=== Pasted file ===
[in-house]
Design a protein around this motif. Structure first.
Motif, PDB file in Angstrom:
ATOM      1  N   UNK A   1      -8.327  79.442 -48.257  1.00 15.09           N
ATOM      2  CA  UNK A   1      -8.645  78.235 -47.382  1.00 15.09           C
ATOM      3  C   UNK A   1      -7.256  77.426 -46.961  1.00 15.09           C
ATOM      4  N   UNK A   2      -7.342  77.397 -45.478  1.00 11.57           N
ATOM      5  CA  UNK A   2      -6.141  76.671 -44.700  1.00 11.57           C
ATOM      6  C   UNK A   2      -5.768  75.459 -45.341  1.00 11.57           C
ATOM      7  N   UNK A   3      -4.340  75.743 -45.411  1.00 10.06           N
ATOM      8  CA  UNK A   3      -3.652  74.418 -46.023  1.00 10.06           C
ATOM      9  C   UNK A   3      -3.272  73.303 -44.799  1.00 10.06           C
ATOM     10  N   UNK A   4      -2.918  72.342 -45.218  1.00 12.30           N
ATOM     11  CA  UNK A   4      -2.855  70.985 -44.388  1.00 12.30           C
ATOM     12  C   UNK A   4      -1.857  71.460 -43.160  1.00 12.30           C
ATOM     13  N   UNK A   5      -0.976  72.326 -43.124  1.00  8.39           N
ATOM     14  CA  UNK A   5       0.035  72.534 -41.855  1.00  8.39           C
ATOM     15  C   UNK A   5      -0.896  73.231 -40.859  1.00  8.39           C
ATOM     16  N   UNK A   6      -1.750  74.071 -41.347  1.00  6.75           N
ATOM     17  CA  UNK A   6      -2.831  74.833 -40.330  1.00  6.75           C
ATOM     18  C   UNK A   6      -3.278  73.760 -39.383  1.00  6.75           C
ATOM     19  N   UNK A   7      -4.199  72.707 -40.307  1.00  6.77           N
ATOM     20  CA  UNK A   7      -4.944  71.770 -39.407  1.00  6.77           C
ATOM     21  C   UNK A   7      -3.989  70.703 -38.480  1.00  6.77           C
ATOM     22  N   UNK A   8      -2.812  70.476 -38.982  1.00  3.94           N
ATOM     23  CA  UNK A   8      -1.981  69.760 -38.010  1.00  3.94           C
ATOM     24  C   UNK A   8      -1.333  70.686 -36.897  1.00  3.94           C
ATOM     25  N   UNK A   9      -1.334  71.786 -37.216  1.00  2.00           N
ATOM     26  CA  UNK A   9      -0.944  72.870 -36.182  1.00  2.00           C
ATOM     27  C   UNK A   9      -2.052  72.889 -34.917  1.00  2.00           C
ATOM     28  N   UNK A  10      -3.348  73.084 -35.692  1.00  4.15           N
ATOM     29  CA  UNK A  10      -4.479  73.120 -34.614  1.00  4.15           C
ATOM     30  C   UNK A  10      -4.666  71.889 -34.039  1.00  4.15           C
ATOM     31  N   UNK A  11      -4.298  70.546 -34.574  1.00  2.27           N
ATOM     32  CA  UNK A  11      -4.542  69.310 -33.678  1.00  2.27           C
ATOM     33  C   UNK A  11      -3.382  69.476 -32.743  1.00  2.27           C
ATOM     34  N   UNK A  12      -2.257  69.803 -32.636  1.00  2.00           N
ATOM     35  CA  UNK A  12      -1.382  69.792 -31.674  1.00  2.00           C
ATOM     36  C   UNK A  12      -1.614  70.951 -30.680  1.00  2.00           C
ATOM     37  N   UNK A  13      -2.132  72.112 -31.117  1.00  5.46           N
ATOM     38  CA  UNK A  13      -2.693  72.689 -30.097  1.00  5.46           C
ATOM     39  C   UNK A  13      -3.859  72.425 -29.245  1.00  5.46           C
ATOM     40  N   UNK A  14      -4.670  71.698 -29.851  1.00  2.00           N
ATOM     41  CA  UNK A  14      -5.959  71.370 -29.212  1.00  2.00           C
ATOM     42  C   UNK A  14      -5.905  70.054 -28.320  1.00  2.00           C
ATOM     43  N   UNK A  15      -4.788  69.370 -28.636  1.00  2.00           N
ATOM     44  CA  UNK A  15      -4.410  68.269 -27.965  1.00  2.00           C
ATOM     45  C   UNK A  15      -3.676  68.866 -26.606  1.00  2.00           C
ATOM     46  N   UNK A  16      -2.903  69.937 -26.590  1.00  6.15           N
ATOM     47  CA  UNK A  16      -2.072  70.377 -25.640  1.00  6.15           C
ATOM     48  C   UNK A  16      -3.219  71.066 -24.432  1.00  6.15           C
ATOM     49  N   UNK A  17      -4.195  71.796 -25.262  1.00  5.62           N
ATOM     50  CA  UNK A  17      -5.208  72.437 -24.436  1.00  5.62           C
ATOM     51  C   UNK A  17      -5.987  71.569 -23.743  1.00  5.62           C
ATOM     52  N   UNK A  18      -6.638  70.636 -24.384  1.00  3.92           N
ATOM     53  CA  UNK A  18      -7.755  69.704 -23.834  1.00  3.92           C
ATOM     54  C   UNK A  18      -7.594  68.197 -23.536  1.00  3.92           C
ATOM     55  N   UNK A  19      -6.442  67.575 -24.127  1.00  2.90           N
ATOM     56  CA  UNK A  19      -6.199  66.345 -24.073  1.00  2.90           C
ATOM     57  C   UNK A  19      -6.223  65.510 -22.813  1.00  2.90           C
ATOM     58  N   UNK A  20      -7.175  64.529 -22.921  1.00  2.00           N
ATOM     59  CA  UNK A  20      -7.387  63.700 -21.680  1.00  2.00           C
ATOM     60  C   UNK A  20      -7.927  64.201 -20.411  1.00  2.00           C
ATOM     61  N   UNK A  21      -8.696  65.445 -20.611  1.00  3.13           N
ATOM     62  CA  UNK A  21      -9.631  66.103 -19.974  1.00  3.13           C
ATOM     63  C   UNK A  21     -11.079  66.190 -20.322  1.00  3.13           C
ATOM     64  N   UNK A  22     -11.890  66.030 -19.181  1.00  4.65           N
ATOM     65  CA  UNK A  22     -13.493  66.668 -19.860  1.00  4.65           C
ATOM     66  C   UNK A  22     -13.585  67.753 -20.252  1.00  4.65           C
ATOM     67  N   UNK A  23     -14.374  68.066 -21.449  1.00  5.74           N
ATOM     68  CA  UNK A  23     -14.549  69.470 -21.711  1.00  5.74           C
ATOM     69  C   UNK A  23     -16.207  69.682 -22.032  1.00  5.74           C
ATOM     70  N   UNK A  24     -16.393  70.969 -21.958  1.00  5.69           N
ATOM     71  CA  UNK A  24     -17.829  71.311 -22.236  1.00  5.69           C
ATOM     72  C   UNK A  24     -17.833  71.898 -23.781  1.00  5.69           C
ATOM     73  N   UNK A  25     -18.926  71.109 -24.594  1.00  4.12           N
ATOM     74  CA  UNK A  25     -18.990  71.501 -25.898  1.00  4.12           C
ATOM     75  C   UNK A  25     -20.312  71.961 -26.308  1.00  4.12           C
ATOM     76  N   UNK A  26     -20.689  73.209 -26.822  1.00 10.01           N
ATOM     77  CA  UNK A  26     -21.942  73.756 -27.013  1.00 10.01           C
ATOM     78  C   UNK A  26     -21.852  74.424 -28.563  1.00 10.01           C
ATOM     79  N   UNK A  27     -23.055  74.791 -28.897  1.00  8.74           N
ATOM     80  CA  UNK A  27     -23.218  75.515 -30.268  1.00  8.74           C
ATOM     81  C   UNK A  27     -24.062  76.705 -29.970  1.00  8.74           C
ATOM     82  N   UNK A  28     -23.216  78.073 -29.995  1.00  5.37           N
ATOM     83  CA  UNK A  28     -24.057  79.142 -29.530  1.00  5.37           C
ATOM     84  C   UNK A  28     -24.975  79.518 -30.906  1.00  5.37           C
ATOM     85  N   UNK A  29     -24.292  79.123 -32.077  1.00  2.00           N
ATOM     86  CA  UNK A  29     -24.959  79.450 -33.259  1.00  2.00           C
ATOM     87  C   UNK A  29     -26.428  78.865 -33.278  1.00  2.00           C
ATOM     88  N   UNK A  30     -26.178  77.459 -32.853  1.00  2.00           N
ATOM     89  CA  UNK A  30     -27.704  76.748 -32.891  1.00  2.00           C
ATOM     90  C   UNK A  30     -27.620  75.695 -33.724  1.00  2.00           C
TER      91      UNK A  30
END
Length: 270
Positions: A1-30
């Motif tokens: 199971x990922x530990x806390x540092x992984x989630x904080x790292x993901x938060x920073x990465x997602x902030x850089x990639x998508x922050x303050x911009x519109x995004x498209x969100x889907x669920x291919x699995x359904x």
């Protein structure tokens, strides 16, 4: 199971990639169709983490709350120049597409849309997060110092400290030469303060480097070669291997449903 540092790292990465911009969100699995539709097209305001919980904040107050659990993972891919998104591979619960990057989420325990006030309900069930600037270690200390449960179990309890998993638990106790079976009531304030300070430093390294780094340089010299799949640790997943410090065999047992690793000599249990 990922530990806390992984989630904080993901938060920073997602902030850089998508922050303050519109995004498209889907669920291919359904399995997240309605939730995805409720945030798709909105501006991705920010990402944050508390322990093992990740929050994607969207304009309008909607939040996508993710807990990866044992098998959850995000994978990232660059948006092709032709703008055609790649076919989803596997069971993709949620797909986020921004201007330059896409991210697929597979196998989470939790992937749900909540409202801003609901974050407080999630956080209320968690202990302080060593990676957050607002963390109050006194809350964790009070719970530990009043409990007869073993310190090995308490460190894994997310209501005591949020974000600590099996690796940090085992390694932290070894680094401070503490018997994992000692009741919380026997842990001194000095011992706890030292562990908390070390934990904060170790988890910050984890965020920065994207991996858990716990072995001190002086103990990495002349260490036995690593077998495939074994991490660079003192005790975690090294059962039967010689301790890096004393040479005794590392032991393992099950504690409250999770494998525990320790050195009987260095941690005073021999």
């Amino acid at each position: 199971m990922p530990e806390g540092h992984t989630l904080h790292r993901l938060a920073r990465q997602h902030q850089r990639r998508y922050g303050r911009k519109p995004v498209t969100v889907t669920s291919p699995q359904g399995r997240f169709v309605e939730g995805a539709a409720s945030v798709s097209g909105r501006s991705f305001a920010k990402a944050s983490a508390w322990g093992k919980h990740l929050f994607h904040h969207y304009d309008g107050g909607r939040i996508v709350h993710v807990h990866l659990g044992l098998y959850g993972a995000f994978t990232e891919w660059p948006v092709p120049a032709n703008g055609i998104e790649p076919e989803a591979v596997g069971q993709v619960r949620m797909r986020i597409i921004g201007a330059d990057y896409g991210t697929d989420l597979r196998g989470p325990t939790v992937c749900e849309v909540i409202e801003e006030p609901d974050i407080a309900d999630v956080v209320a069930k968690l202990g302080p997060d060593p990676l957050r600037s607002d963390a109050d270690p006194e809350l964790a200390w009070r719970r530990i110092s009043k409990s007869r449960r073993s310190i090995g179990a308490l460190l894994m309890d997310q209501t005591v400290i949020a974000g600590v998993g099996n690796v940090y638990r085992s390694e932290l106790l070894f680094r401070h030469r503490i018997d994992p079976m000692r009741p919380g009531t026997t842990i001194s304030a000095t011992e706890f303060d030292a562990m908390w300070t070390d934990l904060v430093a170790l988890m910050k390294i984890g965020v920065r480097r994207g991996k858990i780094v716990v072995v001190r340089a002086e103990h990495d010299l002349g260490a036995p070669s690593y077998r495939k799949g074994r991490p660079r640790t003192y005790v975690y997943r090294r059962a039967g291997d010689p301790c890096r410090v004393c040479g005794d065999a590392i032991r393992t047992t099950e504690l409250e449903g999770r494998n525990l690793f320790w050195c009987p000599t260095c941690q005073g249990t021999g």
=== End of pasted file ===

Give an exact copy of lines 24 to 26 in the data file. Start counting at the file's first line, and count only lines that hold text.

ATOM     21  C   UNK A   7      -3.989  70.703 -38.480  1.00  6.77           C
ATOM     22  N   UNK A   8      -2.812  70.476 -38.982  1.00  3.94           N
ATOM     23  CA  UNK A   8      -1.981  69.760 -38.010  1.00  3.94           C